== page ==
I tried rice, twice. It was OK. Well, one time, it was worse. My husband made it and forgot to check to make sure the pressure valve was sealed. Rookie mistake. The other time, it didn't taste any better or worse than stovetop rice, and it sure wasn't any quicker. When you choose the natural release function, you let the pressure release on its own before removing the lid. Again, nothing instant about that.

I made soup, which was decent, but no better than anything I've made in the Crock-Pot. I made mac-and-cheese, and that one was just bad. It tasted like it came out of a box.

I tried a whole chicken. We don't buy them often, but rotisserie chickens are a convenient shortcut sometimes. The chicken was just meh. But I did take all the leftovers and make broth, which is packaged nicely and sitting in the freezer. It made me feel like I accomplished something, but for a non-cook, it sure was a lot of work and a lot of cleanup.

Speaking of cleanup, this thing is a pain to clean. There's the inner pot, a float valve, a drip cup and, no matter how hard you clean it, the silicone ring just smells like chicken. Yes, there are things you can do with vinegar to fix all that, but at this point, I'm not that committed.

It's me

Instant Pot decal People love their Instant Pots so much that they personalize them. (Photo: JacksonsShoppe/Etsy)

But please, before you type your withering critique ... I know it's me. I think I've figured out that I'm not the ideal audience for this machine of culinary genius.

I think the Instant Pot is for people who like to tinker and like to share recipes. The Instant Pot Facebook community has more than 1.2 million members with more than 10,000 posts a day. Not only do people share their ideas and successes, but they rave about decals they bought for their adored appliance and other unusual uses like steaming baby bottles.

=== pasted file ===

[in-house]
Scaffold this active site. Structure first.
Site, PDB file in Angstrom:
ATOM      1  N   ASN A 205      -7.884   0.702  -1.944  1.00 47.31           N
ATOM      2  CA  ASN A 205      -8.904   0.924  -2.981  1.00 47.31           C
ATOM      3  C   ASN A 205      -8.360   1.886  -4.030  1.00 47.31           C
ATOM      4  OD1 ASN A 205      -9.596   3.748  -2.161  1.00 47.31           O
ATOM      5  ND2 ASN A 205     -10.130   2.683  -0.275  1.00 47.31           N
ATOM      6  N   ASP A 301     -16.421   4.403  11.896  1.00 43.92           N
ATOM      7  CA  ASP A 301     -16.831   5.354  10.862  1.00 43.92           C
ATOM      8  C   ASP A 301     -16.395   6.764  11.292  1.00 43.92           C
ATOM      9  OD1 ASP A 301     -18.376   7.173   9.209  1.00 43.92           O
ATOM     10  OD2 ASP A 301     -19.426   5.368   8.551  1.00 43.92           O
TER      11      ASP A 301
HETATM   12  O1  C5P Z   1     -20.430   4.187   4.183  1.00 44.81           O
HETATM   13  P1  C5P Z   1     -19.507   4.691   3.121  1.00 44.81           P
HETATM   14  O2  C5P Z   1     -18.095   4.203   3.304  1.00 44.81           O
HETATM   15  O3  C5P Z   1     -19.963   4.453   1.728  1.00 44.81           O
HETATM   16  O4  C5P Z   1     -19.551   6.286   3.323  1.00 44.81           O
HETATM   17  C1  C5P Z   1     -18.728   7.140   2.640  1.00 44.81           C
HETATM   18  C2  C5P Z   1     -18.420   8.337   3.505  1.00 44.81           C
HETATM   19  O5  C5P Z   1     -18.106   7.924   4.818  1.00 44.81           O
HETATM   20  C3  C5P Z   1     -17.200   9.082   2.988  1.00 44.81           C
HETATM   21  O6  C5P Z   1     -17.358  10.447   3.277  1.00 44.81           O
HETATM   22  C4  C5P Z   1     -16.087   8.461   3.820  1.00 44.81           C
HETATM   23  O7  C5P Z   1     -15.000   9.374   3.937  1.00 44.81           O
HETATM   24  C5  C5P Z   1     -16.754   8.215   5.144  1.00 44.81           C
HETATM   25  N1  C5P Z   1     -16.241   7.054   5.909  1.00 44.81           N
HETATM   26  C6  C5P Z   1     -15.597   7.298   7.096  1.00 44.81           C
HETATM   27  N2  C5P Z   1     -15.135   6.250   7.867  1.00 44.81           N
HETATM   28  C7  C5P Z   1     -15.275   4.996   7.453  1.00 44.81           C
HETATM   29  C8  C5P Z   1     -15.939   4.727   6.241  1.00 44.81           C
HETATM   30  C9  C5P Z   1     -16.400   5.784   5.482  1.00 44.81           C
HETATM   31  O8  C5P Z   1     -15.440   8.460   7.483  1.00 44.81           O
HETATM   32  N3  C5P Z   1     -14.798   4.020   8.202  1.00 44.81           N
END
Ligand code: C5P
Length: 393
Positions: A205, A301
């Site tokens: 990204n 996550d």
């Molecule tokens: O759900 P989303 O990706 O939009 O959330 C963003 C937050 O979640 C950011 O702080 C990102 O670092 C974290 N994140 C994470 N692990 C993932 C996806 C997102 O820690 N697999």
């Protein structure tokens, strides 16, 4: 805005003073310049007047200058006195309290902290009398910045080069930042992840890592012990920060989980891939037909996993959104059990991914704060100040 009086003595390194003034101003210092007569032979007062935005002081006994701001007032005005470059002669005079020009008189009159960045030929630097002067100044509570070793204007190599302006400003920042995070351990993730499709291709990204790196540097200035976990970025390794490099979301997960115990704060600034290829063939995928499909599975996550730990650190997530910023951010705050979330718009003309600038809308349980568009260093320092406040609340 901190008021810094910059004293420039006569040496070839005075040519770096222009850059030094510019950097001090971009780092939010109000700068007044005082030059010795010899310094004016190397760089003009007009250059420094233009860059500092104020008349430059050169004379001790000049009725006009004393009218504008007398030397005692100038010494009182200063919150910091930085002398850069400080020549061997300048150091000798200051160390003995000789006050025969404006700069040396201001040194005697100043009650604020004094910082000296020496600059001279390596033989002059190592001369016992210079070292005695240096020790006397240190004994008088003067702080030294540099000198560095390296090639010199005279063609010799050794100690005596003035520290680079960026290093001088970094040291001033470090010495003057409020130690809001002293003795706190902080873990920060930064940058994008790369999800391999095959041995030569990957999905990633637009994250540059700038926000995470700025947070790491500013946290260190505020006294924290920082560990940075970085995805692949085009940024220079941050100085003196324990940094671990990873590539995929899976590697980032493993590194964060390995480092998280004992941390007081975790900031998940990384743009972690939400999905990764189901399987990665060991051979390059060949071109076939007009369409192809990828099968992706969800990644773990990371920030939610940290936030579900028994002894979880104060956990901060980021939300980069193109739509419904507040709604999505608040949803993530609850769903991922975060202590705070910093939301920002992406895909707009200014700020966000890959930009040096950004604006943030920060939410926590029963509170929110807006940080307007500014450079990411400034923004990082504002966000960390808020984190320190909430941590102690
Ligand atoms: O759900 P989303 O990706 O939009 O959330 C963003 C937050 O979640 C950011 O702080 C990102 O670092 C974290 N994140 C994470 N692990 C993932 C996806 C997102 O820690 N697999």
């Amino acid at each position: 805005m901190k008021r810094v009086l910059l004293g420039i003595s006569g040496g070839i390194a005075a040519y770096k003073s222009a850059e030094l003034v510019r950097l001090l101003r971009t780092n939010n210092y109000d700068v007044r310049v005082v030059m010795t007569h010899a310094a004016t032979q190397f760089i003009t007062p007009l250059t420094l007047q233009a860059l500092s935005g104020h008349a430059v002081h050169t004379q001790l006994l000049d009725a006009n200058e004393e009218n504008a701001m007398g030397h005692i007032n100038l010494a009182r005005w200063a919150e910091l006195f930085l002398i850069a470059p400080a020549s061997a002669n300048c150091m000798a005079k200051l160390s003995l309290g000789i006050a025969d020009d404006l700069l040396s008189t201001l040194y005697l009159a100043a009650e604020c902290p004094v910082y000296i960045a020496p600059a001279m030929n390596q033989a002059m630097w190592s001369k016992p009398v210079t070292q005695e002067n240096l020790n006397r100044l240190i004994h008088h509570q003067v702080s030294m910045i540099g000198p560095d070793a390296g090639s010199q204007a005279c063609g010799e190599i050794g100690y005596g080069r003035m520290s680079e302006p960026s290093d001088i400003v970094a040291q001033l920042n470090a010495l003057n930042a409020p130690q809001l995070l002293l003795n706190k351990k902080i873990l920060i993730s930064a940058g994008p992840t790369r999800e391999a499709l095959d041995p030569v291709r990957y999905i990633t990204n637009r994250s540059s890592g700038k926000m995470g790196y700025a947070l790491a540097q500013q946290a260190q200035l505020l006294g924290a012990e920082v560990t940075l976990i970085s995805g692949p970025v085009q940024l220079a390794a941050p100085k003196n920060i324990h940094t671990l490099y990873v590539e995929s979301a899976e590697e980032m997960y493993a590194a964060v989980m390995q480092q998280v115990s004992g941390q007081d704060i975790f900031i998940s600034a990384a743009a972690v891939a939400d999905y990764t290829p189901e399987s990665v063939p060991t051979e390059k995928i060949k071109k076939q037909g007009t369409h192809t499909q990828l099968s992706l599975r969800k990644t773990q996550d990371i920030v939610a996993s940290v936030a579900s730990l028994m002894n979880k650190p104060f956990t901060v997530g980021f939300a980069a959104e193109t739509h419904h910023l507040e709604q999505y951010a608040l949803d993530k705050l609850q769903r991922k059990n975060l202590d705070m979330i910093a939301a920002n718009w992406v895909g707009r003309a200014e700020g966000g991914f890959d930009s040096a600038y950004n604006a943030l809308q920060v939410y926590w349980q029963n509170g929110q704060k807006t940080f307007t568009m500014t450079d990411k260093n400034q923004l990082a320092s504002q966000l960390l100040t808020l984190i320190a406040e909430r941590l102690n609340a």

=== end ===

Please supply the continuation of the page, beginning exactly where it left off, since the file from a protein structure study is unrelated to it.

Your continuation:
Yes, sometimes people share the occasional fail. And sometimes people admit that releasing the pressure scares them. (It really freaked out my dog.) But from them, I get an overall feeling of giddiness and excitement; for me, it's just foreboding.

Or maybe it's for people who have a busy day and rush home and throw stuff together for a quick meal — "quick" being relative. I like to take care of it in the morning and not worry about it when I'm done with my workday.

In any case, I've failed. I'm sure it's a combination of user error and very little motivation.

I'd like to just hide this massive machine in the pantry so it's not always taunting me, but it just won't fit. So it sits on the counter, reminding me that I'm a rotten cook and that I would almost always rather be making cereal for dinner.

So if you know anyone who wants to buy a slightly used Instant Pot, I might know of one. Just know that is smells a little like chicken ...

Mary Jo DiLonardo writes about everything from health to parenting — and anything that helps explain why her dog does what he does.

I don't love the Instant Pot
Everyone is smitten with the Instant Pot — except me. I tried it and I feel like a total failure.